He and the other lawyers had been talking about middle-aged depression, which was becoming increasingly common around them, as it was in society more generally.

Here is my interpretation: "more generally" mean "to be more common", the sentence means "it is increasing so much that it became a part (more common) of the society." is it correct?

  • Your version doesn't really make sense. The sentence says that depression was becoming more common in the lawyers' own social circle, just as it was in society in general. Sep 10, 2020 at 16:20

2 Answers 2


I think the reported sentence means that depression was spreading not only between them, but through society, affecting more and more people.


You are understanding it nearly correctly.

Some examples of equal statements:

"In general" = "As is most common" = "As is most commonly found to be the case"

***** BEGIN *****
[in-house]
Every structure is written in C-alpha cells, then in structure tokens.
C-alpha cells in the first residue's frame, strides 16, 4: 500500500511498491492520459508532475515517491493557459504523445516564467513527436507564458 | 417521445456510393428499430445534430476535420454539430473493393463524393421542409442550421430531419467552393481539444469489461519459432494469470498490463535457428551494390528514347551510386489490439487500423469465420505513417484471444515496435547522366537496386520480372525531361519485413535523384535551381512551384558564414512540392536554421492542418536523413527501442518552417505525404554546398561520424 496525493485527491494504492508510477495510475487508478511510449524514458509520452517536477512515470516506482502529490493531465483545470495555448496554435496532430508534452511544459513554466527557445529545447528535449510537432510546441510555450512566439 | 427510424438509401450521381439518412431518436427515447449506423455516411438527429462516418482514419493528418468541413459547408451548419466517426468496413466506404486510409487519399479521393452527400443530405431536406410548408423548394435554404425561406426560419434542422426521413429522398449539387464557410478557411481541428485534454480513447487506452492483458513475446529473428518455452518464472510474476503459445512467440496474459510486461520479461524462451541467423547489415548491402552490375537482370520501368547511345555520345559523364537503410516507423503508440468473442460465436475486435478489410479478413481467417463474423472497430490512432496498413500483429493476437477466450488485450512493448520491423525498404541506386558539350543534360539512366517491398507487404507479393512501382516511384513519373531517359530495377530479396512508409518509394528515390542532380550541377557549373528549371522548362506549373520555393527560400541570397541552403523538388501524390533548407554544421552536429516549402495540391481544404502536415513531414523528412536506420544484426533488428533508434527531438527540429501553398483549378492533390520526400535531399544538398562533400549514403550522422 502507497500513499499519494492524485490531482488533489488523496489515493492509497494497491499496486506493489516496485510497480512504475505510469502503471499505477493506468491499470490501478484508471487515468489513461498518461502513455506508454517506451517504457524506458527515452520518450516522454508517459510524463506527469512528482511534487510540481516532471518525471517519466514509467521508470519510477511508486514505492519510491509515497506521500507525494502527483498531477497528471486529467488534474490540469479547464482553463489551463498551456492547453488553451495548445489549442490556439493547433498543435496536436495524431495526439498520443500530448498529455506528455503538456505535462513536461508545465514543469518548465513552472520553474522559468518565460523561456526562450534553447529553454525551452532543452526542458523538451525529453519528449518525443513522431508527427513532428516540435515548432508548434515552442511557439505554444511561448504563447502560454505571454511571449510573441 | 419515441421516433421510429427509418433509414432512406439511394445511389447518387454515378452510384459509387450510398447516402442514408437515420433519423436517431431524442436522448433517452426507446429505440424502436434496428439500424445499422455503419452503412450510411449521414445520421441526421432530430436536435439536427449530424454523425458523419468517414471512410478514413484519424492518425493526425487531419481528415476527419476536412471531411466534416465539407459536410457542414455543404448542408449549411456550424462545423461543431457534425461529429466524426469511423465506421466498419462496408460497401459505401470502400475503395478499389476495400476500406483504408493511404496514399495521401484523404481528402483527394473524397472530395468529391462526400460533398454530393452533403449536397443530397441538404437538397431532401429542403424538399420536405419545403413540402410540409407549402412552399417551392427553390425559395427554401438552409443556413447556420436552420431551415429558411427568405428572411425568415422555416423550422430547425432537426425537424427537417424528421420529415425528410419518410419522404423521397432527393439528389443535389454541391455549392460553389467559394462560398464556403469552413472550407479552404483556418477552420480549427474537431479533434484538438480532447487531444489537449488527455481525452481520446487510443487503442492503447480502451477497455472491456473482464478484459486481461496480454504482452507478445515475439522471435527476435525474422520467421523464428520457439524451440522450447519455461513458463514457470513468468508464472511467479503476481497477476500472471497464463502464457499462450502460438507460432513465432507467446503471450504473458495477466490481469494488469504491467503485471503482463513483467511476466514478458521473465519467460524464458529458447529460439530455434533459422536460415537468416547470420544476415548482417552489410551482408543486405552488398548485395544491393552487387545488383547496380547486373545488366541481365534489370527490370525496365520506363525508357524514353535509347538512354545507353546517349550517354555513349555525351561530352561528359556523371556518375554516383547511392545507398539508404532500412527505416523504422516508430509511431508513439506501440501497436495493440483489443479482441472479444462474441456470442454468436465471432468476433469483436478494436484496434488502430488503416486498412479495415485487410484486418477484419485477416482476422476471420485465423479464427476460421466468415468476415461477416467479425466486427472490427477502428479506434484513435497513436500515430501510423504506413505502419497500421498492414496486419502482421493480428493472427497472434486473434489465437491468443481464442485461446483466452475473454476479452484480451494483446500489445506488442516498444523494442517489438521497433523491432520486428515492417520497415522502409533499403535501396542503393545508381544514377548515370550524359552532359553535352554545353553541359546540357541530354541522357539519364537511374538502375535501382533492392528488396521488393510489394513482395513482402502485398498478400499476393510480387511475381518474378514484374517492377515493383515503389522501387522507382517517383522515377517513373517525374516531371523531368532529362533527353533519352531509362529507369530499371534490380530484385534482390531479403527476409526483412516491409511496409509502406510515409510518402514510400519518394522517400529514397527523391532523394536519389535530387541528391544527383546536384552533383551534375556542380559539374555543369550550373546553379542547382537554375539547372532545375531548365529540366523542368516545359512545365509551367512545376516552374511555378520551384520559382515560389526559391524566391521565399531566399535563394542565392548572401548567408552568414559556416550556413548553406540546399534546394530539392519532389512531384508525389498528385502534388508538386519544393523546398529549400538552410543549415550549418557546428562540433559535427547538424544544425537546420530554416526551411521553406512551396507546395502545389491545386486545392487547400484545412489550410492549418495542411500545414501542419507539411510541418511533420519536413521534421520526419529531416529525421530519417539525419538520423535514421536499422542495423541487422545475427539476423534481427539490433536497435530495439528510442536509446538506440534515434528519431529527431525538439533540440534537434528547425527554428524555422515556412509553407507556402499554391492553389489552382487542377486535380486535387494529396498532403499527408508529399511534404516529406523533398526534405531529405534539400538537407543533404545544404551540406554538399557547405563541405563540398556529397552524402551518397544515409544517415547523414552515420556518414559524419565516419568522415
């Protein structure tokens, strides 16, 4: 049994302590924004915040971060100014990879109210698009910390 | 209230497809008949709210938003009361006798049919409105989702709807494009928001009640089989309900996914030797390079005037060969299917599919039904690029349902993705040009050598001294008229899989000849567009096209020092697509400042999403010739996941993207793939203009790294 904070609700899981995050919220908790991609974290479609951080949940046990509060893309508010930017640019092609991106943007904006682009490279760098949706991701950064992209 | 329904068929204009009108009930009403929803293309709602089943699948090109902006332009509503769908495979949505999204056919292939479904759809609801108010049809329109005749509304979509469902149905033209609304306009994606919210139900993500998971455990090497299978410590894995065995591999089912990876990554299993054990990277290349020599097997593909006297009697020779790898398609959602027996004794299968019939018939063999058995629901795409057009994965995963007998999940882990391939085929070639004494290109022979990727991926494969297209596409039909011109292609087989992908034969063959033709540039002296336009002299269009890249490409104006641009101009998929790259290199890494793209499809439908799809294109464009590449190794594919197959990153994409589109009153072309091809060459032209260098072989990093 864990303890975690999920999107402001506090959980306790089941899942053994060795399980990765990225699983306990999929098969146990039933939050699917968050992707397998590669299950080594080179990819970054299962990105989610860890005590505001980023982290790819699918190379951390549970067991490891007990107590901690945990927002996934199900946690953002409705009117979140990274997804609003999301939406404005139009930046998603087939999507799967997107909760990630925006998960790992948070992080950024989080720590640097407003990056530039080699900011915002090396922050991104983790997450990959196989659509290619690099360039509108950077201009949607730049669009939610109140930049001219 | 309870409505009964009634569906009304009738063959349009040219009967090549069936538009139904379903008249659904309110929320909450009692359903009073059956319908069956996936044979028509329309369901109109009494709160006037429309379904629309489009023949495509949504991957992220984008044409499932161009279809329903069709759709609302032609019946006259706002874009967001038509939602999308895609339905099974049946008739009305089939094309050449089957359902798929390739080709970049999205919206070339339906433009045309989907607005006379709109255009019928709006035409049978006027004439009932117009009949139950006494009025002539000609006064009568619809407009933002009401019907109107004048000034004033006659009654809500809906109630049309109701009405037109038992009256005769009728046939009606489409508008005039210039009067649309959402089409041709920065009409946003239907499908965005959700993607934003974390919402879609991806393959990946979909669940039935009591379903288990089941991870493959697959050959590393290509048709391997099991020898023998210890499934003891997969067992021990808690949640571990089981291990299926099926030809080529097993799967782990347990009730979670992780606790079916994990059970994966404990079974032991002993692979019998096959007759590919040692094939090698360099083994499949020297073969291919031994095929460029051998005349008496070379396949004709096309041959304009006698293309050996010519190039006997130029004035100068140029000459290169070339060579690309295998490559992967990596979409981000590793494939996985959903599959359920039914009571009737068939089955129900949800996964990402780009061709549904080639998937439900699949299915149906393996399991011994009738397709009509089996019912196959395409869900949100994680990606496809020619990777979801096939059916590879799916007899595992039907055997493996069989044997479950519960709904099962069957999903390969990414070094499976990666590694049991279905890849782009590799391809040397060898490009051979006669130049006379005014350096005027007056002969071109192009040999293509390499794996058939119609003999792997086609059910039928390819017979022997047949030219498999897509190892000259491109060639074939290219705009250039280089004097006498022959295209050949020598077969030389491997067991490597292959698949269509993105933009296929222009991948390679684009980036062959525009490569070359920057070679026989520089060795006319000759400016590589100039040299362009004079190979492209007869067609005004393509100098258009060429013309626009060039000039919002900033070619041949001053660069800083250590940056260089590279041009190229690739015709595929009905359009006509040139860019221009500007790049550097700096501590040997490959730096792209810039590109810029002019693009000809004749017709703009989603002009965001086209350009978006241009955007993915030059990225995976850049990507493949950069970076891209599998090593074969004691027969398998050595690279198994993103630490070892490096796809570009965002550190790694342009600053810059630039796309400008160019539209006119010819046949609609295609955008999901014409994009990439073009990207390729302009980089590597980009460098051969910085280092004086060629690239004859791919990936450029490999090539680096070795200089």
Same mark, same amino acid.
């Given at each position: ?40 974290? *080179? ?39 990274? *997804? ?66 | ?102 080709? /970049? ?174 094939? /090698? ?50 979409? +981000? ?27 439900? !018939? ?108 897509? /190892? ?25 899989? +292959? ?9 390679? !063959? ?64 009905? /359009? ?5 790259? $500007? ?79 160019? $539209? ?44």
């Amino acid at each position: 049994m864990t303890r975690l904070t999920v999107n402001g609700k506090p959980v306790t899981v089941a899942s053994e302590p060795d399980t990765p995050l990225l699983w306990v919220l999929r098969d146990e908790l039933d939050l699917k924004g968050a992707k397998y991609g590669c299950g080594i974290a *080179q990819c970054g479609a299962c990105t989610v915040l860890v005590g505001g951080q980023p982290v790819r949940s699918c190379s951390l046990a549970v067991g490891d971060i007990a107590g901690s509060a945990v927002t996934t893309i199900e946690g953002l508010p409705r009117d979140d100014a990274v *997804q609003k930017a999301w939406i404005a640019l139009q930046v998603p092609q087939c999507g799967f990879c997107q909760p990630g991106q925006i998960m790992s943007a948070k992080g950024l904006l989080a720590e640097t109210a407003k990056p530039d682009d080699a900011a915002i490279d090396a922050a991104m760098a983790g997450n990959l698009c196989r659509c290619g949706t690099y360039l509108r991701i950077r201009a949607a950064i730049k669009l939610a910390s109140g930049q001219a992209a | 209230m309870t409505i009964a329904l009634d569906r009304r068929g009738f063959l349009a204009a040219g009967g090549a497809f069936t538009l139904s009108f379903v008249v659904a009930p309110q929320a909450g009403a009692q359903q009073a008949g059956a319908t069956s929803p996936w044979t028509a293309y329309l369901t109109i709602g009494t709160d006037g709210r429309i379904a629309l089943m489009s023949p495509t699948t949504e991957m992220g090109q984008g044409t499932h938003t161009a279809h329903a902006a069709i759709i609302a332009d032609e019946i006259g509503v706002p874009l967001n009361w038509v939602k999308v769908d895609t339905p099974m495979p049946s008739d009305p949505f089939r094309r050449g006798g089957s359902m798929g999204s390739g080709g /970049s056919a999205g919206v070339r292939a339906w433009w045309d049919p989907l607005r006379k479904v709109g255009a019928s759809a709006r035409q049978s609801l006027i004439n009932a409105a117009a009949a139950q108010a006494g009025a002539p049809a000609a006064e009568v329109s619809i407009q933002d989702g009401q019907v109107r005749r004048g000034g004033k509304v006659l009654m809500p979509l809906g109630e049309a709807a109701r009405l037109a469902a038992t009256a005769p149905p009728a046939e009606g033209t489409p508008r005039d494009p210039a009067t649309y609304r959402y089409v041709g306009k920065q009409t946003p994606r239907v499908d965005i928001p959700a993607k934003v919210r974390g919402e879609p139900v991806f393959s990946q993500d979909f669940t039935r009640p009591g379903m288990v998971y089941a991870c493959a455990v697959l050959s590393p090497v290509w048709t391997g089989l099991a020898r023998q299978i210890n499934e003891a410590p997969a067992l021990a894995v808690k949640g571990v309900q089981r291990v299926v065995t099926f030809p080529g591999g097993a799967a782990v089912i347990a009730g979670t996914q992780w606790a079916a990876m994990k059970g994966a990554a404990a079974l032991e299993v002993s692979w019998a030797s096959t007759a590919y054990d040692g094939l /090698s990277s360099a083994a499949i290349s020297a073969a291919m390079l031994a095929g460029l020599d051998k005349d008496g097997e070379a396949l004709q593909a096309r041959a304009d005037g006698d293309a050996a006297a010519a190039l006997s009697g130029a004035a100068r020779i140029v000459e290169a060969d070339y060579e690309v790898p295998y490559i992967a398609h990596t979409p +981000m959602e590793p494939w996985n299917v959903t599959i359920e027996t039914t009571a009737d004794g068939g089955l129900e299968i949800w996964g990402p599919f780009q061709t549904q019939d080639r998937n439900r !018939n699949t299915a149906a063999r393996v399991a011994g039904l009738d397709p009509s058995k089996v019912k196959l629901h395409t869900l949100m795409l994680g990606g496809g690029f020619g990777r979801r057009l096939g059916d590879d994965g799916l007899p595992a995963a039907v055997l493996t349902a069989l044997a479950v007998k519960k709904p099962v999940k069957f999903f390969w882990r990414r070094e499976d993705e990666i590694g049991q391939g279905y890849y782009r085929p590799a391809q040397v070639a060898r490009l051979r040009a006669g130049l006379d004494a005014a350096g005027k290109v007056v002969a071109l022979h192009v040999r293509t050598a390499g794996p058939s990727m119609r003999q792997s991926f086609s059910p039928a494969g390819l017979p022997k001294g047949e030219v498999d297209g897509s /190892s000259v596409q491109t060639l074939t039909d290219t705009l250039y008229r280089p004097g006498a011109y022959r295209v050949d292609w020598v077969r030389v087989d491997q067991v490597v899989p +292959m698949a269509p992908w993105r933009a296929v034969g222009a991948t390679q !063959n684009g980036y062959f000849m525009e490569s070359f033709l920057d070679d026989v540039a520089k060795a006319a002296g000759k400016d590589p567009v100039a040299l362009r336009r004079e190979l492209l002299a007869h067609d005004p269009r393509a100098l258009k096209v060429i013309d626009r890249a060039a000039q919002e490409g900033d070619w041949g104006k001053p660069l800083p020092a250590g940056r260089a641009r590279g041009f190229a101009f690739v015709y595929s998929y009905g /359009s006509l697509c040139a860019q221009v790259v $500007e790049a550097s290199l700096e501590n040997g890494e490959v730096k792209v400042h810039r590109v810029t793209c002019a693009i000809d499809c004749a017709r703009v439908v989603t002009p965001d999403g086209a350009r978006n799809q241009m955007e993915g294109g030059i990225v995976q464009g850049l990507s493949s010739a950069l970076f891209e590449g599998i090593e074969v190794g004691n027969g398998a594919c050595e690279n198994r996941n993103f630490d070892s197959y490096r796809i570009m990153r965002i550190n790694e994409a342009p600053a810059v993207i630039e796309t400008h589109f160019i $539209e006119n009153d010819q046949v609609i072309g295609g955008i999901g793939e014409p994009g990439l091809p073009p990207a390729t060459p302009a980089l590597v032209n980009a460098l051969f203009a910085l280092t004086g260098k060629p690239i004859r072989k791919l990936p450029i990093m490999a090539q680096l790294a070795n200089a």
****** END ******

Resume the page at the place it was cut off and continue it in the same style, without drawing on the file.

"In society generally" = "As is most commonly found in society"

Note here that "generally" and "most generally" actually have the same meaning. BUT, "more generally" refers to a comparison (sometimes over time):

"More generally" = "Is becoming increasingly common" OR "It is increasingly common in this case"

Examples: "Crime is more generally found in cities than it was when I was a child."

"Crime is more generally found in the inner city than the suburbs."

If you are using conversational English, "generally" is a hard word to replace, and a good one to know well. It has an inoffensive feel to it that is useful in polite phrasing.


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